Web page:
We know that Isao is largely behind the camera when his young family is in the frame in the course of Album 1. However, in the full body of photographs which make up Album 1, Isao still had plenty of room to experiment with and refine his personal style of pose. As he moved more concretely behind the camera, those images in which he featured or was the focus begin to demonstrate a particular style of self-presentation that we can call “disengazed.” With the exception of formal group photographs or portraits, Isao largely avoided the “eye” of the camera. Alongside caption tone and word choice, it is this refusal to surrender to the subject-making of his own camera which marks Isao out as the primary photo taker of the Yajima albums, and the most likely creator.
So what did this disengazed pose involve? Largely it affected Isao when he was taking self-portraits. In these cases he often retreated alone to the garden and used the timer. He rarely looked directly at the camera, thus differentiating these self-styled photographs from the style of studio pose he was used to. Instead, he developed a style of pose where he looked at a point beyond the camera, usually to his right. This reminds viewers, one of whom was of course Isao, that there is much the camera cannot see. It is also possible that Isao’s middle-distance stare was the result of his own discomfort as a photographic subject and he found himself able to dislodge this awkwardness by not looking directly at the camera.
Why does it matter how Isao presented himself in his photographs? It matters because Isao's visual behaviours of gaze and crop demonstrate that he was keenly aware of the transformation work the camera did in making a version of someone, rather than a replica. He consciously used the camera, final prints and album format to produce a particular and particularly cohesive version of his many selves: dentist, father, partner, traveller and empowered consumer. His goal in the albums was not–it seems–documentation, but self-elevation to the status of a desirable and interesting subject.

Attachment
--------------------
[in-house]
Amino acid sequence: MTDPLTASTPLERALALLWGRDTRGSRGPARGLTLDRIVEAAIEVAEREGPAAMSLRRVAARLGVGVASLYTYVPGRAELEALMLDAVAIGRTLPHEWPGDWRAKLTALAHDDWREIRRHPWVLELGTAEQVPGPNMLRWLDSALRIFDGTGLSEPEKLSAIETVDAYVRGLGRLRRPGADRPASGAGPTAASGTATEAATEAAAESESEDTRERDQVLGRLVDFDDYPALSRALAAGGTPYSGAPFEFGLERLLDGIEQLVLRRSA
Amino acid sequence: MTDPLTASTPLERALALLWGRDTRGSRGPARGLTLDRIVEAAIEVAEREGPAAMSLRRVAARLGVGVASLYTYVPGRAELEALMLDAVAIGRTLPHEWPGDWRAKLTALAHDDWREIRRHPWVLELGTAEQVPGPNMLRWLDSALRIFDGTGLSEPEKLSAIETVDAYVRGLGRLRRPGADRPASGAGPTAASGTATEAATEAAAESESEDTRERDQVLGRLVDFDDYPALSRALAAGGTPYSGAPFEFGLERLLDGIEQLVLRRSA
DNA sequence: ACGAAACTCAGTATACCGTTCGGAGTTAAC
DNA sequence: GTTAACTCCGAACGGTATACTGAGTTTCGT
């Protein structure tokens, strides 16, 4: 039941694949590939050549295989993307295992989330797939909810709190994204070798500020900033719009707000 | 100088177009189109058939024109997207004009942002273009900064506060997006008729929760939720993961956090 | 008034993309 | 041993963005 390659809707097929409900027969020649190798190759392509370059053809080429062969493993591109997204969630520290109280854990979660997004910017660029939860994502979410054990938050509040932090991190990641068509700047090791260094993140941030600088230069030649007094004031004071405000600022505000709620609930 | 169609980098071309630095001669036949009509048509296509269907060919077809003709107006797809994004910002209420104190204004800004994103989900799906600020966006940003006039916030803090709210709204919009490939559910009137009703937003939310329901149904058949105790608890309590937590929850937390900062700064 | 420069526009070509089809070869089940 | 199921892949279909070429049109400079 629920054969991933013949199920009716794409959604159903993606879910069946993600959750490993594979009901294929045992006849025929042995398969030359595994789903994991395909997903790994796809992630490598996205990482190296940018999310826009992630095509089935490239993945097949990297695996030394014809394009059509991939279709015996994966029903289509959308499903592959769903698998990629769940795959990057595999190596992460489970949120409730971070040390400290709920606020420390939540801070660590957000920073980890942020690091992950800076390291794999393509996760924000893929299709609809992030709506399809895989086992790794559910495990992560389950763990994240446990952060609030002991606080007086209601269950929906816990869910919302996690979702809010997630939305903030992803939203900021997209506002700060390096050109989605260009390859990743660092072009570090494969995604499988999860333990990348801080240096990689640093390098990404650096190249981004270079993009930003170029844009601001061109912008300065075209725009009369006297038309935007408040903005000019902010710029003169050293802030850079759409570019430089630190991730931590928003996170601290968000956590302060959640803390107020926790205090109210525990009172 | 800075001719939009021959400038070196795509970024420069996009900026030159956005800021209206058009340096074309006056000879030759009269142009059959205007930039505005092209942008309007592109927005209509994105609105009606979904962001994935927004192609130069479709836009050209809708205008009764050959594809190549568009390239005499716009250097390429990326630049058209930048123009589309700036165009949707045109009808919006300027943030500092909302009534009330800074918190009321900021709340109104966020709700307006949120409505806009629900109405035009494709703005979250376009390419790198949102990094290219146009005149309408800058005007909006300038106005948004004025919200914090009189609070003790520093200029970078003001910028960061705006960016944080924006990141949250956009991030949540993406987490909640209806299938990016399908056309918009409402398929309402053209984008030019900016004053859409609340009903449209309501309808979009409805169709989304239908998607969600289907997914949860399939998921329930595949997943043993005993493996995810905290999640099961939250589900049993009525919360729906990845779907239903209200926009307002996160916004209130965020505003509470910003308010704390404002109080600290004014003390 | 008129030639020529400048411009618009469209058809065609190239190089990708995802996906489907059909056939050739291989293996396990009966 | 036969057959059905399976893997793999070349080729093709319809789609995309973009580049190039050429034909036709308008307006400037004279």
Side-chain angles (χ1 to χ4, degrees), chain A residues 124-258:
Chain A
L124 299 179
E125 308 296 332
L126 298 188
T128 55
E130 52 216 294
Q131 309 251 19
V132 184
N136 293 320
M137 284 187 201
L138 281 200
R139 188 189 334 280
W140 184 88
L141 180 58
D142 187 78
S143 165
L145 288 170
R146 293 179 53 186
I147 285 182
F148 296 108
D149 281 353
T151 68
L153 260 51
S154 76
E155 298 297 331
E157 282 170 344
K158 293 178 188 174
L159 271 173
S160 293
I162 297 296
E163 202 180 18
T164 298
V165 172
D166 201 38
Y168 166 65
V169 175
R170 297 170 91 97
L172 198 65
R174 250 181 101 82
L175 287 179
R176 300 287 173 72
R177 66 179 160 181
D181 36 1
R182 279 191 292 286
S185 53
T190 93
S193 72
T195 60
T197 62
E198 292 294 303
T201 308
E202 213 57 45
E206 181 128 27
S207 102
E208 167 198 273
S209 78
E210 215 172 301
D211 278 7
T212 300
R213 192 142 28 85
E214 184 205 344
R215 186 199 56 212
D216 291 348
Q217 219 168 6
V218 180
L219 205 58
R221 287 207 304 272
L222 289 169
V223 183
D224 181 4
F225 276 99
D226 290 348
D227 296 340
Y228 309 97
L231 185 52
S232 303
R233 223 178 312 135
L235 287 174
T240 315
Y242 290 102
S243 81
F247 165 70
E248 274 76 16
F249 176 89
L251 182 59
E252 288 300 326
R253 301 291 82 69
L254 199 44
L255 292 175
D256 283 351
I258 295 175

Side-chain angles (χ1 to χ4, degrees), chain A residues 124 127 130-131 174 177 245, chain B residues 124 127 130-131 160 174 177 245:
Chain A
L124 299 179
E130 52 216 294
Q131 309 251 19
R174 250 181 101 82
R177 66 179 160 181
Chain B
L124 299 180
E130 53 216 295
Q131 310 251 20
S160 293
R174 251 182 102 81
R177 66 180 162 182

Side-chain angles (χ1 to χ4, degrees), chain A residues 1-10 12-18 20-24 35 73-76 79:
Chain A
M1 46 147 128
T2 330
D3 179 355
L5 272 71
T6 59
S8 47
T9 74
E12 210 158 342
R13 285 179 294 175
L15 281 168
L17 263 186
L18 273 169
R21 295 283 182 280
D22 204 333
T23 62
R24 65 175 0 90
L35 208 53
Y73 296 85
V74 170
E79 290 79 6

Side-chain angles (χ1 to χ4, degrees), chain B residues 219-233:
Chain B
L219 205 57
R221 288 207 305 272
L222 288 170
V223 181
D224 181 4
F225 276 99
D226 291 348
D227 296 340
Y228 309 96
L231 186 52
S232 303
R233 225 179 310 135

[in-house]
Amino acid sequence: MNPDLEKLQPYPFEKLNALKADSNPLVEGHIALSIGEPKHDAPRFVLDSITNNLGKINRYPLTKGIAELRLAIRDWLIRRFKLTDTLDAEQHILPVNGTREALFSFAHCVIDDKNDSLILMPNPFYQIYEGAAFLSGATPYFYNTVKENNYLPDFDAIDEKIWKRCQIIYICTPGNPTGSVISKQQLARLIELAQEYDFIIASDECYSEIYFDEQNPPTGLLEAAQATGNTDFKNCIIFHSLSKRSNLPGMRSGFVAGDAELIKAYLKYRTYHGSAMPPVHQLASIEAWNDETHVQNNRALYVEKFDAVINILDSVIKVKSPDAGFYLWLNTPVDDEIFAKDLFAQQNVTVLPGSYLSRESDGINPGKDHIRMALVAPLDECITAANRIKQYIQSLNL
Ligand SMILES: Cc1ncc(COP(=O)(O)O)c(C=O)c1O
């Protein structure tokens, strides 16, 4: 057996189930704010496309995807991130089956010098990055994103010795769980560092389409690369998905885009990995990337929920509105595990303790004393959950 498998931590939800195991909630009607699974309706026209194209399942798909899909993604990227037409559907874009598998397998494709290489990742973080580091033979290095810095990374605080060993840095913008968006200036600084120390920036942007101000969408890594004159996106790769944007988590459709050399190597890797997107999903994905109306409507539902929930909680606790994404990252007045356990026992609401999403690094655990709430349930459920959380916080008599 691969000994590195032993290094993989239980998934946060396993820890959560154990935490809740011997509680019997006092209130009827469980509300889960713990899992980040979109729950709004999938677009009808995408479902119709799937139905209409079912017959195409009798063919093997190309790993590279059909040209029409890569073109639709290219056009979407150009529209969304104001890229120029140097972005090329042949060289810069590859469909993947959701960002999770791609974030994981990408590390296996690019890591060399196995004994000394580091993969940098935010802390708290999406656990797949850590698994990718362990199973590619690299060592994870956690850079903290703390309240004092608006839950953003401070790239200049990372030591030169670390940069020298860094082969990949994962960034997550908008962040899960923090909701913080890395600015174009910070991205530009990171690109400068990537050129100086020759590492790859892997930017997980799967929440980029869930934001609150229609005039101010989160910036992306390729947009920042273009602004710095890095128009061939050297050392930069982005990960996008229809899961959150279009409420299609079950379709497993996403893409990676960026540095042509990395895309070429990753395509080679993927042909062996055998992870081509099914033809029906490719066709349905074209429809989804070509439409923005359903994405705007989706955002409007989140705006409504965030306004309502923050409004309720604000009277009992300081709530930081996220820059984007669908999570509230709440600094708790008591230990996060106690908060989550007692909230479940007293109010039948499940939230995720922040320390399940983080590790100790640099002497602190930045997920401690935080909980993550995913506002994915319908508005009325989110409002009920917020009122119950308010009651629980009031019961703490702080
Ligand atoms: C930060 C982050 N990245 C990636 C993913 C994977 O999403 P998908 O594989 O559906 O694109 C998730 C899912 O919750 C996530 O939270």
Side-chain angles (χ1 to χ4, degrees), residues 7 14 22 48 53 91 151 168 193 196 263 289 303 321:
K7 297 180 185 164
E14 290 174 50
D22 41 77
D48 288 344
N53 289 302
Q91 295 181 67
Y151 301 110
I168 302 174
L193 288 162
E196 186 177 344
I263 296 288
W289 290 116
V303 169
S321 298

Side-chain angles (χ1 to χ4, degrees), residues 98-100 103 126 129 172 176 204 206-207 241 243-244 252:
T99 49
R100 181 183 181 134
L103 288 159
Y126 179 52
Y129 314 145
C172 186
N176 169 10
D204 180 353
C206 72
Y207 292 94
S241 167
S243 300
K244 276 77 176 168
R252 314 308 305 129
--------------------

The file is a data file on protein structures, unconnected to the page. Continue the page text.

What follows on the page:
Desire seems to have been immensely important to the Isao that is made visible through these albums. This Isao not only wanted to look good himself, but appears to have delighted in Eiko as she posed for him. This desire is alluded to on the last page of Album 1 in a scrapbook style collation of portrait photos of Eiko taken before she married Isao:
This page displays Eiko's visual life before Isao and children. It may also display her involvement in the album's construction. If so, she would have been doing what amateur photography discourse suggested women could, and should, do to pull their weight in the labour of photographing the family. As one guide, Twelve Months of Family Photographs (Masuda 1953), suggested, since fathers were often unwilling to make albums, and given they had already taken the photos in their role as otōsan kameraman, “wouldn’t it be good if this task was something mother took charge of?” As Kerry Ross has shown in her survey of early twentieth century how-to literature, in the hopes of transforming photography from the father’s great escape to a family pursuit, various elements of the photographic process were apportioned to other family members. This was, as Ross argues, a strategy to soothe new tensions whereby photography, as a largely solitary pursuit, threatened how time and space were used at home (Ross 2015 p.66). Then again, a less enticing and more practical explanation might also be behind this lone page; with the album housing so many of Isao's pre-parenthood photographs, perhaps on sorting through boxes one day, Isao or Eiko discovered these old portraits and quite practically decided that the album was a good place to store them. Whether practical or devotional we will never know. However, what is affirmed by this page of portraits is that Eiko's likeness and her visual history was as much a part of this album project as was Isao's.